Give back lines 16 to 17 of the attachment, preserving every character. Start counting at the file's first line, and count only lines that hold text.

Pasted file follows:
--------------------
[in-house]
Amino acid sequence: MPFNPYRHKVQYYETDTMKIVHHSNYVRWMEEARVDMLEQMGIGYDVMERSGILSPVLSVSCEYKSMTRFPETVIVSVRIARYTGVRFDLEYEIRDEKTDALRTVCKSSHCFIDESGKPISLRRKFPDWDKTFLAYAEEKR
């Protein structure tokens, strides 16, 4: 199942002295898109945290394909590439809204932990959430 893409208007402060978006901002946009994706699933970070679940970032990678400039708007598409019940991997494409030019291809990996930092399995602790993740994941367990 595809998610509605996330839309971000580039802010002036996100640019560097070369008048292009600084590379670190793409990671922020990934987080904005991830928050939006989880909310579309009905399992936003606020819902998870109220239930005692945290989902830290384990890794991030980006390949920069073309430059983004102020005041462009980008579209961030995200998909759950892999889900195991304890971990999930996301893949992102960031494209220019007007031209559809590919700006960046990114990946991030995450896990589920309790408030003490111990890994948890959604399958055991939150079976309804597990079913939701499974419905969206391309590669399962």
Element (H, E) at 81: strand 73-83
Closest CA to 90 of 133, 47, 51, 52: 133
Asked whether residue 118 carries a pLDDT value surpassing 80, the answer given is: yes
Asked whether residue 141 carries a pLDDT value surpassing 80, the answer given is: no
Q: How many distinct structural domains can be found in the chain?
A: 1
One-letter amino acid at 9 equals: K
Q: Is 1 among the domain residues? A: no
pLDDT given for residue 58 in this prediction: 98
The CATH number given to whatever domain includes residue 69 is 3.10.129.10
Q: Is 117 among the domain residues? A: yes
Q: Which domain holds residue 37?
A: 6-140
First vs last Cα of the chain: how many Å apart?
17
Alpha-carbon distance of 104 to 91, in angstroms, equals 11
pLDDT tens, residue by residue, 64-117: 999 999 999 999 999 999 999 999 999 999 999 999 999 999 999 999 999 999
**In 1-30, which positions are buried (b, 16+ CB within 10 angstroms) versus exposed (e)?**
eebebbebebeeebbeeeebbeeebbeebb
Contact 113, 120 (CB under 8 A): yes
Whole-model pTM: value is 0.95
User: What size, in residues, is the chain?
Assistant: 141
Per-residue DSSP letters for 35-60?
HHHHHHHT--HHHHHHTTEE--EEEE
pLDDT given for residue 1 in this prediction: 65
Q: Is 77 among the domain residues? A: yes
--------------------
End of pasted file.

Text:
A: 6-140
First vs last Cα of the chain: how many Å apart?